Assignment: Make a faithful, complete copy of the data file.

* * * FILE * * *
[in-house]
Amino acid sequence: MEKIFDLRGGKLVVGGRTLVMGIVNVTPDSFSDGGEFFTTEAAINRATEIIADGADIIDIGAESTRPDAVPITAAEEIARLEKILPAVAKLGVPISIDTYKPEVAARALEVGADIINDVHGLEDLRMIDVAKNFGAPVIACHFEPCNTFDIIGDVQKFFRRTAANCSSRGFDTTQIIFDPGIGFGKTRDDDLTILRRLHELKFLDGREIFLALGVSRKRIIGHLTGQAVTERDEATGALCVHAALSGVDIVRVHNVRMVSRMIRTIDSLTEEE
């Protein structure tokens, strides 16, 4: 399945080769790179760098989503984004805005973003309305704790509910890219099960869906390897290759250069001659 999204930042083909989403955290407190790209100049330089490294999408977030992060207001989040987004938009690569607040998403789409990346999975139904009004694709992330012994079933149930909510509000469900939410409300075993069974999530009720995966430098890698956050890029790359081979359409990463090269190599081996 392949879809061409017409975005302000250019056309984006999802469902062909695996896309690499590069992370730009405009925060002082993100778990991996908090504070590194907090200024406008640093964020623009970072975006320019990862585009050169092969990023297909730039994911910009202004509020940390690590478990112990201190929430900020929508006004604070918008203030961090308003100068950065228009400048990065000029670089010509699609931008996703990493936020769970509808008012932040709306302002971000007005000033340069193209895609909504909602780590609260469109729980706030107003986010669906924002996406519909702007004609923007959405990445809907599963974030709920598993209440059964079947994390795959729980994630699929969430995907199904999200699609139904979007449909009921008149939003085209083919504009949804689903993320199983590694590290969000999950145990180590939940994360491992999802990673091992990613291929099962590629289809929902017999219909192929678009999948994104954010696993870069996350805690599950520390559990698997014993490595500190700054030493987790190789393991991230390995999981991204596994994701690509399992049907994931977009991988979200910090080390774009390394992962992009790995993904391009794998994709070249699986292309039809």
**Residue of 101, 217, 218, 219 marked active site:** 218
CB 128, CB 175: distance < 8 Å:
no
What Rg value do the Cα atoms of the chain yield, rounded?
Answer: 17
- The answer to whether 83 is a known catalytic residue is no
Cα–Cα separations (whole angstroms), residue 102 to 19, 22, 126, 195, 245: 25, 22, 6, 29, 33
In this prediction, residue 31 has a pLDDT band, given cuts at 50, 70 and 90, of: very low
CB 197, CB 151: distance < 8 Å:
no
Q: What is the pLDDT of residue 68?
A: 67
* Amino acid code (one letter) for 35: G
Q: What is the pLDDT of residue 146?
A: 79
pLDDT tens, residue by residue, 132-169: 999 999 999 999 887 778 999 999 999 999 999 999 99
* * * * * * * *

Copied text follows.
[in-house]
Amino acid sequence: MEKIFDLRGGKLVVGGRTLVMGIVNVTPDSFSDGGEFFTTEAAINRATEIIADGADIIDIGAESTRPDAVPITAAEEIARLEKILPAVAKLGVPISIDTYKPEVAARALEVGADIINDVHGLEDLRMIDVAKNFGAPVIACHFEPCNTFDIIGDVQKFFRRTAANCSSRGFDTTQIIFDPGIGFGKTRDDDLTILRRLHELKFLDGREIFLALGVSRKRIIGHLTGQAVTERDEATGALCVHAALSGVDIVRVHNVRMVSRMIRTIDSLTEEE
């Protein structure tokens, strides 16, 4: 399945080769790179760098989503984004805005973003309305704790509910890219099960869906390897290759250069001659 999204930042083909989403955290407190790209100049330089490294999408977030992060207001989040987004938009690569607040998403789409990346999975139904009004694709992330012994079933149930909510509000469900939410409300075993069974999530009720995966430098890698956050890029790359081979359409990463090269190599081996 392949879809061409017409975005302000250019056309984006999802469902062909695996896309690499590069992370730009405009925060002082993100778990991996908090504070590194907090200024406008640093964020623009970072975006320019990862585009050169092969990023297909730039994911910009202004509020940390690590478990112990201190929430900020929508006004604070918008203030961090308003100068950065228009400048990065000029670089010509699609931008996703990493936020769970509808008012932040709306302002971000007005000033340069193209895609909504909602780590609260469109729980706030107003986010669906924002996406519909702007004609923007959405990445809907599963974030709920598993209440059964079947994390795959729980994630699929969430995907199904999200699609139904979007449909009921008149939003085209083919504009949804689903993320199983590694590290969000999950145990180590939940994360491992999802990673091992990613291929099962590629289809929902017999219909192929678009999948994104954010696993870069996350805690599950520390559990698997014993490595500190700054030493987790190789393991991230390995999981991204596994994701690509399992049907994931977009991988979200910090080390774009390394992962992009790995993904391009794998994709070249699986292309039809």
**Residue of 101, 217, 218, 219 marked active site:** 218
CB 128, CB 175: distance < 8 Å:
no
What Rg value do the Cα atoms of the chain yield, rounded?
Answer: 17
- The answer to whether 83 is a known catalytic residue is no
Cα–Cα separations (whole angstroms), residue 102 to 19, 22, 126, 195, 245: 25, 22, 6, 29, 33
In this prediction, residue 31 has a pLDDT band, given cuts at 50, 70 and 90, of: very low
CB 197, CB 151: distance < 8 Å:
no
Q: What is the pLDDT of residue 68?
A: 67
* Amino acid code (one letter) for 35: G
Q: What is the pLDDT of residue 146?
A: 79
pLDDT tens, residue by residue, 132-169: 999 999 999 999 887 778 999 999 999 999 999 999 99